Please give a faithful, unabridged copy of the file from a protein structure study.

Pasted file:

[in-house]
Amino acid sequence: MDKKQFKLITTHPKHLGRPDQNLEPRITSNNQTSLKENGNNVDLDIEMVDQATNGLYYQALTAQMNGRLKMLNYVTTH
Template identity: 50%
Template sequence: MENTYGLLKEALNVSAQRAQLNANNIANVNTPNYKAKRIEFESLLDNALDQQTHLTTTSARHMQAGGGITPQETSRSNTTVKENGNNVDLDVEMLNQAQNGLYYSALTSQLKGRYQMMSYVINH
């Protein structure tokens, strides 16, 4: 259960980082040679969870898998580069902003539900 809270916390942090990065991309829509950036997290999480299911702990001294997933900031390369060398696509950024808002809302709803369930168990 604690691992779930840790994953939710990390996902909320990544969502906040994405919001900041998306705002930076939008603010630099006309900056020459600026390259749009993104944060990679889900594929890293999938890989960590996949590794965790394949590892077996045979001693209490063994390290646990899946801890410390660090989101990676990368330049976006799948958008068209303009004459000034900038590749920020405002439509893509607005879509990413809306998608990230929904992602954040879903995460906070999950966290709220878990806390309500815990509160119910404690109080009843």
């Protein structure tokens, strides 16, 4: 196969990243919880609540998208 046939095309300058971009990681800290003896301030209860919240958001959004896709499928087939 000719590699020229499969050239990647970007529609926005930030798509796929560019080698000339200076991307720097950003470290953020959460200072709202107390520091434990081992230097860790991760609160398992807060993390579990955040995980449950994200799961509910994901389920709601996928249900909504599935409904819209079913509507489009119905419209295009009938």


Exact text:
[in-house]
Amino acid sequence: MDKKQFKLITTHPKHLGRPDQNLEPRITSNNQTSLKENGNNVDLDIEMVDQATNGLYYQALTAQMNGRLKMLNYVTTH
Template identity: 50%
Template sequence: MENTYGLLKEALNVSAQRAQLNANNIANVNTPNYKAKRIEFESLLDNALDQQTHLTTTSARHMQAGGGITPQETSRSNTTVKENGNNVDLDVEMLNQAQNGLYYSALTSQLKGRYQMMSYVINH
């Protein structure tokens, strides 16, 4: 259960980082040679969870898998580069902003539900 809270916390942090990065991309829509950036997290999480299911702990001294997933900031390369060398696509950024808002809302709803369930168990 604690691992779930840790994953939710990390996902909320990544969502906040994405919001900041998306705002930076939008603010630099006309900056020459600026390259749009993104944060990679889900594929890293999938890989960590996949590794965790394949590892077996045979001693209490063994390290646990899946801890410390660090989101990676990368330049976006799948958008068209303009004459000034900038590749920020405002439509893509607005879509990413809306998608990230929904992602954040879903995460906070999950966290709220878990806390309500815990509160119910404690109080009843």
């Protein structure tokens, strides 16, 4: 196969990243919880609540998208 046939095309300058971009990681800290003896301030209860919240958001959004896709499928087939 000719590699020229499969050239990647970007529609926005930030798509796929560019080698000339200076991307720097950003470290953020959460200072709202107390520091434990081992230097860790991760609160398992807060993390579990955040995980449950994200799961509910994901389920709601996928249900909504599935409904819209079913509507489009119905419209295009009938």